A 36-year old Scottish tourist has tragically died after being thrown from an elephant during a trekking expedition on Koh Samui.
Gareth Crowe, along with his partner’s 16-year old daughter, was riding an elephant on the Thai island when the animal grew angry at the accompanying mahout, stabbing and seriously injuring him with his tusk before throwing off Crowe and 16-year old Eilidh, reports The Guardian.
Crowe was killed instantly after being thrown, stamped and stabbed by the elephant, who has been identified as 13-year old Golf.
Eilidh is recovering in Samui’s Bangkok International Hospital with her mother at her bedside.
Crowe’s partner, Catherine Hughes, has commented, “We were all here on holiday. My son and I didn’t go on the elephants. I’ve been given no information as to what happened or how it happened.”
Witnesses have said that Golf appeared distressed before the rampage and had been refusing to follow instructions while the mahout attempted to take photos of Crowe and Eilidh. The mahout then reportedly struck Golf a number of times with a hook before he attacked, according to the Bangkok Post.
Local governor Wongsiri Phromchana has confirmed an investigation has been launched into the incident.
Crowe’s tragic death and the injuries borne by the mahout and young Eilidh are not the first and won’t be the last tourists will suffer due to the cruelty inflicted on elephants by hubristic humans looking to turn them from wild animals into tourist attractions.
“Elephants are cruelly abused to tame them enough so they give rides and perform in shows,” commented a spokeswoman from World Animal Protection.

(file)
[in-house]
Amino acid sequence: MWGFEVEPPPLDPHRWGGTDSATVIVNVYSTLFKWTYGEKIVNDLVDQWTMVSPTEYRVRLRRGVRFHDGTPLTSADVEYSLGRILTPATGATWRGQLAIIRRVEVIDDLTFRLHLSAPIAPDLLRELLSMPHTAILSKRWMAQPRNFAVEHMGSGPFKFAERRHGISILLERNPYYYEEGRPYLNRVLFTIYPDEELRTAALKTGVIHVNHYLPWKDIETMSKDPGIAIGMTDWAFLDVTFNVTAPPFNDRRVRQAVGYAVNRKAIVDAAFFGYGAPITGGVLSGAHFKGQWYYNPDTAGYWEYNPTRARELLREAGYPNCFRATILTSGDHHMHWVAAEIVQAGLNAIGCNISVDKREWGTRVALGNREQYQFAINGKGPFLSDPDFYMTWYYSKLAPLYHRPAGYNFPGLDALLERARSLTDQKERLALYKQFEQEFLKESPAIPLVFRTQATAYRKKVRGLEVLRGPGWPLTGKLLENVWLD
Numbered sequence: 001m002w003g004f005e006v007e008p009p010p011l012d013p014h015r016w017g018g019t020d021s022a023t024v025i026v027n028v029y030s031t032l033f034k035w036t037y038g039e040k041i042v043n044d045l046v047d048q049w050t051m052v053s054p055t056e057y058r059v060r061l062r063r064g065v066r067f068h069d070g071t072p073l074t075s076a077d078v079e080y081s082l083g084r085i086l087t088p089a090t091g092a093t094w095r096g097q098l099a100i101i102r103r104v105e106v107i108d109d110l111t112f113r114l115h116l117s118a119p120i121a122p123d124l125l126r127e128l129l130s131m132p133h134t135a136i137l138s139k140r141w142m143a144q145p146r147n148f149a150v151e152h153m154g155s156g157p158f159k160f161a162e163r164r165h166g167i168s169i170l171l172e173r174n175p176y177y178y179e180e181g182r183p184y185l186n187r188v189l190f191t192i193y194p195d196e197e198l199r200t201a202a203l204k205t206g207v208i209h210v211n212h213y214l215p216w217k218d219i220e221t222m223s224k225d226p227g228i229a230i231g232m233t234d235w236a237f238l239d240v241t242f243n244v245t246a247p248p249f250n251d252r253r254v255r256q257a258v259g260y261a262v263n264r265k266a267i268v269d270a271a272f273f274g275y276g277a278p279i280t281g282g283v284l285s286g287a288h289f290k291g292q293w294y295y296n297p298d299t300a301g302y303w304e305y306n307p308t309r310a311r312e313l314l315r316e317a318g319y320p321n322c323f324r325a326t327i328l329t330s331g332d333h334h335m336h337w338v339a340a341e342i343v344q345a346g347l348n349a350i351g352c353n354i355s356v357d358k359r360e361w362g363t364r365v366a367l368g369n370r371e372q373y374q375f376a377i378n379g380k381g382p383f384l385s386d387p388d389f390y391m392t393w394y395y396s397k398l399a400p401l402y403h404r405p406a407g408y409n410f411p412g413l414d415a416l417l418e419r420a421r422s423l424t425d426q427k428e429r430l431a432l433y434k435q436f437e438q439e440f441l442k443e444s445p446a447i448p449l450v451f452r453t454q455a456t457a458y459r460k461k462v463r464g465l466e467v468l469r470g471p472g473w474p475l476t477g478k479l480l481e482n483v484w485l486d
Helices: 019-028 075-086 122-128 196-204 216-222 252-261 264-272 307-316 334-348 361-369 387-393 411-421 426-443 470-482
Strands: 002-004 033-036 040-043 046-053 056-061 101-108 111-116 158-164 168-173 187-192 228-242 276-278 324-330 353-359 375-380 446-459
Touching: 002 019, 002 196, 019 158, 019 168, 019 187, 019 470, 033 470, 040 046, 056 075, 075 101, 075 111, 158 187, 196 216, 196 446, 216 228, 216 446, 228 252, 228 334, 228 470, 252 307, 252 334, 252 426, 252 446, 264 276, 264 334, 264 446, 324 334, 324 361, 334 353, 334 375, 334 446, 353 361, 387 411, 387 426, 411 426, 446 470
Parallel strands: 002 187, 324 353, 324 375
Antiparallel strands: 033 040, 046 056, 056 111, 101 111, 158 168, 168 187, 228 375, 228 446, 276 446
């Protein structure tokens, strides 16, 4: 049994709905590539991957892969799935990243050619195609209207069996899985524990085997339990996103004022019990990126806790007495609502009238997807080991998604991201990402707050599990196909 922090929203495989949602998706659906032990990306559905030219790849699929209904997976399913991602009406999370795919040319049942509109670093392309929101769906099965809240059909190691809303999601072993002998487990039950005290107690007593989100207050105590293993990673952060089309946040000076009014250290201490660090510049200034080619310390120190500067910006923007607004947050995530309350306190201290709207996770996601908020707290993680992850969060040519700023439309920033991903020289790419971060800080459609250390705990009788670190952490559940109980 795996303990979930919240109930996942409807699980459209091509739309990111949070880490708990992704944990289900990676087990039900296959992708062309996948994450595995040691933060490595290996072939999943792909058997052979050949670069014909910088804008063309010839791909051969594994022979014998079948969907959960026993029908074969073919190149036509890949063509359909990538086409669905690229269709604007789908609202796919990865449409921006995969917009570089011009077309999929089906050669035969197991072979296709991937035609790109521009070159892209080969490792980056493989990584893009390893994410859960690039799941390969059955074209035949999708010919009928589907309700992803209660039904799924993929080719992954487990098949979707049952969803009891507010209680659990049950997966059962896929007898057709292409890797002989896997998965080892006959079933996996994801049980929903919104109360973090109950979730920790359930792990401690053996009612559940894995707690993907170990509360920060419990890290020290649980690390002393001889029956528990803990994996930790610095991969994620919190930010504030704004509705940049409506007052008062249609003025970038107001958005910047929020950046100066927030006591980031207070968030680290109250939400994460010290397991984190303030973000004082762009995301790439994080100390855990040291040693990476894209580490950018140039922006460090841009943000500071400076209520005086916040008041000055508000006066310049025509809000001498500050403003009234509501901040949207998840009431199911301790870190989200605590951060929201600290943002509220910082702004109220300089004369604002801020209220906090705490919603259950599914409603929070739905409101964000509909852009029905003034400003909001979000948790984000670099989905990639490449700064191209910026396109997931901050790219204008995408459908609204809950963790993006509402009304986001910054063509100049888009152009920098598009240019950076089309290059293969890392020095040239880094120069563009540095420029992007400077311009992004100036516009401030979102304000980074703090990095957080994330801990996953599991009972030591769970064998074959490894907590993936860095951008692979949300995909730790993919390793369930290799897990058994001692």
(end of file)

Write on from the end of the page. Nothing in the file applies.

“Most tourists don’t know about these abuses, or the potential danger they put themselves in. If you can ride it, hug it or have a selfie with a wild animal, then the chances are it is cruel and the animal is suffering.”
Animal rights site The Dodo published an article last month on the soul-destroying practice of ‘crushing’, which is undergone on young elephants so they can be tamed enough to interact with humans.
Per their article, “It’s a way of deliberately breaking the spirits of animals so humans can use them. Crushing involves tying up and literally beating an elephant into submission.”
Photos and details of the practice can be found within the article here. Please note, the photos are distressing.
While criticism levied against elephant trekking is finally gaining some traction outside the animal rights community, the fact is that the attractions and cruelty will persist so long as tourists continue to line up and pay for attractions like elephant trekking.
Tourists need to be educated on the weight of their decision to ride an elephant and what each individual animal has had to suffer through before becoming a tourist attraction.
Only when tourists stop paying to ride on the back of elephants will the cruelty against these wild animals hopefully wind down.
This is the age of responsible tourism; let’s stop funding cruelty against elephants.
Featured image is not related to this incident and is by Éclusette